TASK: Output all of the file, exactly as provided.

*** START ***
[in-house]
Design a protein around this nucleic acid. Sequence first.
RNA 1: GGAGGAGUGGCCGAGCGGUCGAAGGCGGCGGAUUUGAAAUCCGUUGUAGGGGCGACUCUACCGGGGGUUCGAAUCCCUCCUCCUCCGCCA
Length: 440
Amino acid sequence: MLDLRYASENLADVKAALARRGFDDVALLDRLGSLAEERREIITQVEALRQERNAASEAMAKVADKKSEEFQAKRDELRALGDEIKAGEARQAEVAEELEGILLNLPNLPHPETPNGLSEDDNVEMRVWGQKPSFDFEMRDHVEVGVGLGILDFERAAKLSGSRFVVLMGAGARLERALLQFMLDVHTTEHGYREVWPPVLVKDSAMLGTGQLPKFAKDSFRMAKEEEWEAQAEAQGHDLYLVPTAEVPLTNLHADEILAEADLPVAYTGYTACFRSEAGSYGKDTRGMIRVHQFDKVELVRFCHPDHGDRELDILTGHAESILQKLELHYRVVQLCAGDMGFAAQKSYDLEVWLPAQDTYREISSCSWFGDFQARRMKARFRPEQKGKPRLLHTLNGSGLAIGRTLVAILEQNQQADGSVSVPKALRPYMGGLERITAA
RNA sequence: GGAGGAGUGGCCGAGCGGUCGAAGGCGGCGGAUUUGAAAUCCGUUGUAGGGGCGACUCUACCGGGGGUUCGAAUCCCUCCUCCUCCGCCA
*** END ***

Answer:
[in-house]
Design a protein around this nucleic acid. Sequence first.
RNA 1: GGAGGAGUGGCCGAGCGGUCGAAGGCGGCGGAUUUGAAAUCCGUUGUAGGGGCGACUCUACCGGGGGUUCGAAUCCCUCCUCCUCCGCCA
Length: 440
Amino acid sequence: MLDLRYASENLADVKAALARRGFDDVALLDRLGSLAEERREIITQVEALRQERNAASEAMAKVADKKSEEFQAKRDELRALGDEIKAGEARQAEVAEELEGILLNLPNLPHPETPNGLSEDDNVEMRVWGQKPSFDFEMRDHVEVGVGLGILDFERAAKLSGSRFVVLMGAGARLERALLQFMLDVHTTEHGYREVWPPVLVKDSAMLGTGQLPKFAKDSFRMAKEEEWEAQAEAQGHDLYLVPTAEVPLTNLHADEILAEADLPVAYTGYTACFRSEAGSYGKDTRGMIRVHQFDKVELVRFCHPDHGDRELDILTGHAESILQKLELHYRVVQLCAGDMGFAAQKSYDLEVWLPAQDTYREISSCSWFGDFQARRMKARFRPEQKGKPRLLHTLNGSGLAIGRTLVAILEQNQQADGSVSVPKALRPYMGGLERITAA
RNA sequence: GGAGGAGUGGCCGAGCGGUCGAAGGCGGCGGAUUUGAAAUCCGUUGUAGGGGCGACUCUACCGGGGGUUCGAAUCCCUCCUCCUCCGCCA